20 Songs, 1 Hour 8 Minutes


Ratings and Reviews

4.6 out of 5
36 Ratings
36 Ratings
theatergeek ,


this version is probably one of the best of cole porter's kiss me kate. the vocals are less operatic than many of the earlier recordings while the beautiful melodies are still brilliantly shown. another op'nin' another show, too darn hot, and so in love are standards that lasted that test of time. a great buy for anyone who loves broadway

DCI Tupolski ,

One of the greatest revivals of all time!

Brian Stokes Mitchell, Marin Mazzie, and others have revived one of the greatest musicals of all time. Cole Porter would be proud! Brian Stokes Mitchell has the power behind Fred Graham's character and voice. Marin Mazzie puts Lilli Vanessi's relationship with Fred on MANY levels and has wonderful energy along with the entire chorus. Our school did "Kiss Me, Kate" and definetely took pointers from this recording, I FULLY recommend it!

musicmaker33 ,

Another Amazing Show by Cole Porter

This version of Kiss Me Kate is arguably the best soundtrack out there right now. Marin Mazzie is absolutely wonderful in the song So In Love and I Hate Men, and Brian Stokes Mitchell's strong baritone voice resounds throughout the song Were Thine That Special Face and Where is the Life That Late I Led? Kiss Me Kate has some great songs. May I also recommend buying the DVD of the production with Rachel York and Brent Barrett.

About Cole Porter

Many arguments could be generated over whether Cole Porter or Irving Berlin should be considered America's greatest tunesmith. Both wrote music and lyrics; it's clearly a pick 'em situation. Porter had violin and piano lessons as a child, pursued undergraduate studies at Yale (where he penned fight songs that endure to this day such as "Bulldog"), and studied law and music at Harvard, all courtesy of a rich grandfather. His grandfather was appalled Porter would consider music as a career and never forgave him. Porter was in the French army during World War I, and spent the '20s in Paris as the husband of a wealthy woman. He began scoring hits in that decade, though "I'm in Love Again," didn't click until 1929, though Porter wrote it in 1924. The list of Porter shows and films is immense; his lyrics were literate, sophisticated, yet could be charming, suggestive, even naughty. His first show was Paris in 1928; it included "Let's Do It." That was followed by Frenchmen in 1929 containing "You Do Something to Me." Porter returned to New York in 1930, but was a lifelong Parisian in his heart. Wake Up and Dream, The New Yorkers, The Gay Divorcee, Jubilee, Leave It to Me, and Kiss Me Kate are only a few of his marvelous shows. The song list is just as impressive; "What Is This Thing Called Love," "Love for Sale," "Anything Goes," "You're the Top," "Begin the Beguine," and "Count Your Blessings," for starters. There were also such films as Silk Stockings, Born to Dance, Broadway Melody of 1940, High Society, and Night and Day. Porter's legs were crushed by a horse in 1937, he endured numerous operations the rest of his life, as well as being a semi-invalid. He finally lost his right leg in 1958, only four years after his wife died. But his songs live on; numerous anthologies and songbooks devoted to his music have been issued and are available on CD, including the Smithsonian four-disc set issued in 1993. ~ Ron Wynn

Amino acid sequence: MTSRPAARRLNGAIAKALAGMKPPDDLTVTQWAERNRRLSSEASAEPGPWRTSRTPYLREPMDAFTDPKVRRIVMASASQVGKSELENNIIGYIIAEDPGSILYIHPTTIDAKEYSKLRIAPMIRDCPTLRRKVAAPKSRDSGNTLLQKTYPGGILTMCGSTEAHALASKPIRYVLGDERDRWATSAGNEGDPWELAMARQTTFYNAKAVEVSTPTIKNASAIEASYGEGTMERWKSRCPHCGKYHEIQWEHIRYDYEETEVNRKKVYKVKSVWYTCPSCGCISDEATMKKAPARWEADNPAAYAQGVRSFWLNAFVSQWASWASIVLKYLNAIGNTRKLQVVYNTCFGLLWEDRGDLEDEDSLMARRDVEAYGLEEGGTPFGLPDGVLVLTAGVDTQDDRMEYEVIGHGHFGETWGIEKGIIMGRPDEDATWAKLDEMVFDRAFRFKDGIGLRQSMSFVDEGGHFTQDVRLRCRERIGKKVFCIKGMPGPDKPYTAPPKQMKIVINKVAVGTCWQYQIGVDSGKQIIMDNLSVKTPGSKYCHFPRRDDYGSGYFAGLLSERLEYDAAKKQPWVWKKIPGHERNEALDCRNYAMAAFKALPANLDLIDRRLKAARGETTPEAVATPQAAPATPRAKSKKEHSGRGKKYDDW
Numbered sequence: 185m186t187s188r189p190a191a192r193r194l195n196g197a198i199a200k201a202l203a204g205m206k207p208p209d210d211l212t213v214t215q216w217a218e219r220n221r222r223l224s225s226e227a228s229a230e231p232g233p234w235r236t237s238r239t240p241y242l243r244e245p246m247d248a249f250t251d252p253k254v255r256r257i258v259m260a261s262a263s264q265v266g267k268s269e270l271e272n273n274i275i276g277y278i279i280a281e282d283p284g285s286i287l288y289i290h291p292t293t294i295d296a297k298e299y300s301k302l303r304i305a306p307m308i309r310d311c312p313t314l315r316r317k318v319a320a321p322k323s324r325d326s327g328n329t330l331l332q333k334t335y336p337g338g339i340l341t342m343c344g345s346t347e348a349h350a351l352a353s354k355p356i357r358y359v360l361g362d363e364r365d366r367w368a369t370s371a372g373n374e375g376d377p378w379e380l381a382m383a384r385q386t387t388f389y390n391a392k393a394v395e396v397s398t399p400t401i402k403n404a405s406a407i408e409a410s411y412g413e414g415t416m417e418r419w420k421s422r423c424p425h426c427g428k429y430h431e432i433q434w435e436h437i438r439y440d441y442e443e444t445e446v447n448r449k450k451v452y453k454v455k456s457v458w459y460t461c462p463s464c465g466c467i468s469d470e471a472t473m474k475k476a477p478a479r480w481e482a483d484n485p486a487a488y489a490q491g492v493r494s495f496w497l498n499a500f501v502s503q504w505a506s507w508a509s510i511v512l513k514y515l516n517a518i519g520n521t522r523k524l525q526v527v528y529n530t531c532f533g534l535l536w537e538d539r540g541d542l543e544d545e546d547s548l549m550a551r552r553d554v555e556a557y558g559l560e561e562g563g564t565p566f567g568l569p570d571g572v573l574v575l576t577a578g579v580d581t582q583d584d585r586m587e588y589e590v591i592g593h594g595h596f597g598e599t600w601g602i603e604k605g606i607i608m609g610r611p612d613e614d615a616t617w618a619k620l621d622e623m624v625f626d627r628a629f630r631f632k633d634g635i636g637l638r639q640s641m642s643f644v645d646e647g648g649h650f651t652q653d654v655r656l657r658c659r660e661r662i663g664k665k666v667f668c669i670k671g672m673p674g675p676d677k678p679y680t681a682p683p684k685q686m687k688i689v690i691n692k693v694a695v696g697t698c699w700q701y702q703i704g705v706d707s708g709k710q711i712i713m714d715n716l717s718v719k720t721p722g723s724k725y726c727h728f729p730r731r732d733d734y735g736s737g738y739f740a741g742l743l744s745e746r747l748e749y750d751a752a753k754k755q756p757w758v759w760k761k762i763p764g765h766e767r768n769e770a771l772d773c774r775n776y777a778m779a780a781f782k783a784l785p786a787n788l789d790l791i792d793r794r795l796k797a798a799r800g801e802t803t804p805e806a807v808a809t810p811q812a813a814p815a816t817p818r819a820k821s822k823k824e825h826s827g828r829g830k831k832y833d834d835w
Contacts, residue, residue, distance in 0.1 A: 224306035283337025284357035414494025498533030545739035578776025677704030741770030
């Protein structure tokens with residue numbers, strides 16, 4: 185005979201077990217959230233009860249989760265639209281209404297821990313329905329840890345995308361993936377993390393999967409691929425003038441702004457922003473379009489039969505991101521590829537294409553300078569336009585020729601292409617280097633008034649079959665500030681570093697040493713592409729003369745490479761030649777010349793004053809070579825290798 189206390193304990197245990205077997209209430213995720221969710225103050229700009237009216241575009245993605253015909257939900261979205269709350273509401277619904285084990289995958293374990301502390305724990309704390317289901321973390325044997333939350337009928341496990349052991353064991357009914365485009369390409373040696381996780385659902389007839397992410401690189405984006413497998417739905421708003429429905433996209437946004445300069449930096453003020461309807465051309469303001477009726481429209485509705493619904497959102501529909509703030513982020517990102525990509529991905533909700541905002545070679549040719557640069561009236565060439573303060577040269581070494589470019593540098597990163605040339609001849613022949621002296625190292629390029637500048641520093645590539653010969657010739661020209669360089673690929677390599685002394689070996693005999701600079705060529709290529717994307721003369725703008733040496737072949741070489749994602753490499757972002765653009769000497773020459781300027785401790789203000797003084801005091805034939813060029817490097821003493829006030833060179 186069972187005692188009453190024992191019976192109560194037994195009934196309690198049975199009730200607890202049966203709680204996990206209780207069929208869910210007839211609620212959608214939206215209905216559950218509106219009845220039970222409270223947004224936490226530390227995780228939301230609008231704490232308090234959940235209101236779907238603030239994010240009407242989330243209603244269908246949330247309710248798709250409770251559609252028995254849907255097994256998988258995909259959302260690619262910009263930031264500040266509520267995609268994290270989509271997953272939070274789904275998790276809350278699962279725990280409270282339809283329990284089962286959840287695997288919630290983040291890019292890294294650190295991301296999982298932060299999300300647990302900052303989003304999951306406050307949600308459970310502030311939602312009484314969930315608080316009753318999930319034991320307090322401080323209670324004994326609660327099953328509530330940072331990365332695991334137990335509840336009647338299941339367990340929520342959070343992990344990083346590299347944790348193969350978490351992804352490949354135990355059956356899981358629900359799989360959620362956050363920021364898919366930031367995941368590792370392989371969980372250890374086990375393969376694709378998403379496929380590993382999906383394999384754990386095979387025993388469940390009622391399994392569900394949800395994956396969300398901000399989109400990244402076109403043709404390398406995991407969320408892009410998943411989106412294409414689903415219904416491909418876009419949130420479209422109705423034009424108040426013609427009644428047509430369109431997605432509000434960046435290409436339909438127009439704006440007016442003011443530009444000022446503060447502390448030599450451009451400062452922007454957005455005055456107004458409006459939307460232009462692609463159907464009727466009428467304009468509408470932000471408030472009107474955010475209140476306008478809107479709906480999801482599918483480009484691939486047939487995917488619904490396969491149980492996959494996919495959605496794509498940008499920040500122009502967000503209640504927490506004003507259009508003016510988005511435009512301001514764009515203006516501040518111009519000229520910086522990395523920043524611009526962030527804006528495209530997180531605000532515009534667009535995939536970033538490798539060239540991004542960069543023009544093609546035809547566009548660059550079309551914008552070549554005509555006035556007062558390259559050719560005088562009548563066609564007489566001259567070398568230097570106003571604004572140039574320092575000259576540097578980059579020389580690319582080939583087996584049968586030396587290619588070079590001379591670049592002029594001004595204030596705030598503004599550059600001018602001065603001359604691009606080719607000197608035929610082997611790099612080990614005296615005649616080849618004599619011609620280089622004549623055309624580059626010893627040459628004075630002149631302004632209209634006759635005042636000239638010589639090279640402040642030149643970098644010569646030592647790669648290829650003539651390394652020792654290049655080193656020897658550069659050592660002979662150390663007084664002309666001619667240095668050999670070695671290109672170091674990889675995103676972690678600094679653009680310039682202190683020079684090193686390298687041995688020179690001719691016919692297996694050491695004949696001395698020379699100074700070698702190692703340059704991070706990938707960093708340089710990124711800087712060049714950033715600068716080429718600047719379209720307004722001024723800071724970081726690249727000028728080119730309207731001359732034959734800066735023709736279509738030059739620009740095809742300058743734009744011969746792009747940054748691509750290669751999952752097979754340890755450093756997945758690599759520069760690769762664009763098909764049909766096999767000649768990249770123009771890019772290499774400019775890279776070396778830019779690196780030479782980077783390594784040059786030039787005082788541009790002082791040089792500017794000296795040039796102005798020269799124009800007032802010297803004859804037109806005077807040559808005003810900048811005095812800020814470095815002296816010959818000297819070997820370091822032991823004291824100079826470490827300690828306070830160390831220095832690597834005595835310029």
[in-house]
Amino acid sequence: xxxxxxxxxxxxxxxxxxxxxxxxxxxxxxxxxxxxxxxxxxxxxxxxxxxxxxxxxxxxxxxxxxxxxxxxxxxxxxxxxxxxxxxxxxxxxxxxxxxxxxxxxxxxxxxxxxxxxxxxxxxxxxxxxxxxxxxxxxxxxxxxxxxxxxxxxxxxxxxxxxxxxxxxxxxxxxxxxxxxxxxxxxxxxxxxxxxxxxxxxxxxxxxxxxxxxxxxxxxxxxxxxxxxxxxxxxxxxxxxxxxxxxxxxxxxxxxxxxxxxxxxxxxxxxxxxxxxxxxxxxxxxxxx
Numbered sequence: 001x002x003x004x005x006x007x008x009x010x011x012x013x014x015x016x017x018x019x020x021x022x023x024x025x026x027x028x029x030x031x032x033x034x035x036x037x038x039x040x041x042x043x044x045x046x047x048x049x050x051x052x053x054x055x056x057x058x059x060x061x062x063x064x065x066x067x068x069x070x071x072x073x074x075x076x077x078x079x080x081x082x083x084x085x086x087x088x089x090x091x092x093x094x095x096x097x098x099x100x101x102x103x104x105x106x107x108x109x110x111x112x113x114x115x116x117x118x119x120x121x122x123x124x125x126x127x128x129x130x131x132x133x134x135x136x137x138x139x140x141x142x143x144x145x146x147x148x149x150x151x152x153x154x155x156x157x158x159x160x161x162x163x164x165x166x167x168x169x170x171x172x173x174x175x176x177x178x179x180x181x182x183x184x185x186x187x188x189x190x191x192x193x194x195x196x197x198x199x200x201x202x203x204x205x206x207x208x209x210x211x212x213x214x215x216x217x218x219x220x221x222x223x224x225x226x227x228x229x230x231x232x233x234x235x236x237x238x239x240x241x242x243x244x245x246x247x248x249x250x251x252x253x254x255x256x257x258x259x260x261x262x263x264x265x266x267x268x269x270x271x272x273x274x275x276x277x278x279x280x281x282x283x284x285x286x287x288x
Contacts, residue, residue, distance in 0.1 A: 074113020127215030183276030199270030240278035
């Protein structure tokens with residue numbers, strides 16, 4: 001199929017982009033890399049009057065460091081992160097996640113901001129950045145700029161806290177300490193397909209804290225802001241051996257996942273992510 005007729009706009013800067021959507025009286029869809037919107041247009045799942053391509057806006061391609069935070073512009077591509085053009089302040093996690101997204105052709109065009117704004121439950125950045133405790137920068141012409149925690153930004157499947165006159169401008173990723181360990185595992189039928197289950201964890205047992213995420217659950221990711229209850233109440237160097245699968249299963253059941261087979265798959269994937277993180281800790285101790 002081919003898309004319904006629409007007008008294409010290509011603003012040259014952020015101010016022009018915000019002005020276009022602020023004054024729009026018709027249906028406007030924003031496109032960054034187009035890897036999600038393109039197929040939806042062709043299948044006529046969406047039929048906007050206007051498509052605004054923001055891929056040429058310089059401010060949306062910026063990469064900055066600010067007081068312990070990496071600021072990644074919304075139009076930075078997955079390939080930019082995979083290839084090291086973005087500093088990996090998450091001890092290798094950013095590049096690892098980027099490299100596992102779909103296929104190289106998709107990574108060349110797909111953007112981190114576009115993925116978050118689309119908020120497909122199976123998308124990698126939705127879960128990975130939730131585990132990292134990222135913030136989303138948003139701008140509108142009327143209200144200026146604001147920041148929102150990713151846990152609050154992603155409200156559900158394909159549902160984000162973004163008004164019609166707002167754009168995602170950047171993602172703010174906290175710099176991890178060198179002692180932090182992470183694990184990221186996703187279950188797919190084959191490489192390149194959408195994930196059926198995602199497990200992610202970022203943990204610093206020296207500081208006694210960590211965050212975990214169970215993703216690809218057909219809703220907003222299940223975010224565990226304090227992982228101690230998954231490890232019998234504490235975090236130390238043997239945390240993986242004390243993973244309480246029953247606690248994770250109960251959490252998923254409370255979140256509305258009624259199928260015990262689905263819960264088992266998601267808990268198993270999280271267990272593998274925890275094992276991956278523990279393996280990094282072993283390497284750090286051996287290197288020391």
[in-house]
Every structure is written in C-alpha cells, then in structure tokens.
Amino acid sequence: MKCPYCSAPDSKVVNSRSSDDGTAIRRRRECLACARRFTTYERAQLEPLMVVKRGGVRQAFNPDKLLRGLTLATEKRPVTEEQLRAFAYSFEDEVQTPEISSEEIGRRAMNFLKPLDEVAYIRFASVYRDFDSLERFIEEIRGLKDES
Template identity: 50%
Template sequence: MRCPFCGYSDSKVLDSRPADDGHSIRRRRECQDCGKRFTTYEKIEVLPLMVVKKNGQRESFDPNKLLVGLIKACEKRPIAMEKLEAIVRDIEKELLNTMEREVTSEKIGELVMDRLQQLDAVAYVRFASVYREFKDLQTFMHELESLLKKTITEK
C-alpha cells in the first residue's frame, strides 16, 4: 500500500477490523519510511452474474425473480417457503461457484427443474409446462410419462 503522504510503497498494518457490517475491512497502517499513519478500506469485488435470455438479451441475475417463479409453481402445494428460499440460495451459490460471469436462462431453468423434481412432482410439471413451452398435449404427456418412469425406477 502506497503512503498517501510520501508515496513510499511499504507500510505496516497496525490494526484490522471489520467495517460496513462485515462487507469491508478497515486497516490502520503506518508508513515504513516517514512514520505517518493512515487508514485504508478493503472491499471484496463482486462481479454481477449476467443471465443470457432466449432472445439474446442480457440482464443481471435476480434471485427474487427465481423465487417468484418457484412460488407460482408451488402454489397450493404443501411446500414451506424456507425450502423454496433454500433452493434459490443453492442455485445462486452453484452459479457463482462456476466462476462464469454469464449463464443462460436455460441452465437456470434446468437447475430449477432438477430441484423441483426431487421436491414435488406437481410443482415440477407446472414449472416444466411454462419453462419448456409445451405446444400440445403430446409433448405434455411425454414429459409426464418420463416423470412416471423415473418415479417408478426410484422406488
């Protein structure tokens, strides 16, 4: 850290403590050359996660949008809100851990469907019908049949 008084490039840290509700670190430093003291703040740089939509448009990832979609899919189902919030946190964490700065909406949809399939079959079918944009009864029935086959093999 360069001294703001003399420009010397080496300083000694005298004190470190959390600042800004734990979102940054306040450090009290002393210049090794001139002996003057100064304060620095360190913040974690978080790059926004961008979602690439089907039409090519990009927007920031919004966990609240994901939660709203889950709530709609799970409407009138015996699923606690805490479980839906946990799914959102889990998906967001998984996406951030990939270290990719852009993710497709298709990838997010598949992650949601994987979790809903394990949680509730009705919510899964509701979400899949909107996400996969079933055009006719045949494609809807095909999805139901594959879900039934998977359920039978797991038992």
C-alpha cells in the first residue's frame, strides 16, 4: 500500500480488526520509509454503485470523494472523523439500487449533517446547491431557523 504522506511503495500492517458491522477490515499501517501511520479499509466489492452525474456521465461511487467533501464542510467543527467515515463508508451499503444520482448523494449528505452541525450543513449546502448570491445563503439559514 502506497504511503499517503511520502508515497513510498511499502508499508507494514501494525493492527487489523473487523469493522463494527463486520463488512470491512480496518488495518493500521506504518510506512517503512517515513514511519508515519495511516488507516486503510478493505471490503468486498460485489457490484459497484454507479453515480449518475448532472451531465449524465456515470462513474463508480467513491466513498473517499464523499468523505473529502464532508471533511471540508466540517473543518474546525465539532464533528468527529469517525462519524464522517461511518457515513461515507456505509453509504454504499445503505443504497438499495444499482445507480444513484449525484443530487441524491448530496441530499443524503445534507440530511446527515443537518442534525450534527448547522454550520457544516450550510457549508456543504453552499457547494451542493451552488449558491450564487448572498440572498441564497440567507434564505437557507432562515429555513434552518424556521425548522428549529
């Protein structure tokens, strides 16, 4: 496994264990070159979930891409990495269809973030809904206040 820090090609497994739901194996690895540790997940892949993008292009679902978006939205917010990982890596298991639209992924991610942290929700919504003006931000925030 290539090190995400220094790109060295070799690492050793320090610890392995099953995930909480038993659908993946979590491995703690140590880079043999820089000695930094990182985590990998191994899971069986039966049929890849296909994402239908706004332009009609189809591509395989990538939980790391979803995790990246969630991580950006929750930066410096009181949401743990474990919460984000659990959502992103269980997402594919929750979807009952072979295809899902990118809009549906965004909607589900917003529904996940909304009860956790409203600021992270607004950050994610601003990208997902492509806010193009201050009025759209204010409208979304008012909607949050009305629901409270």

Peru, IN
June 9, 1891




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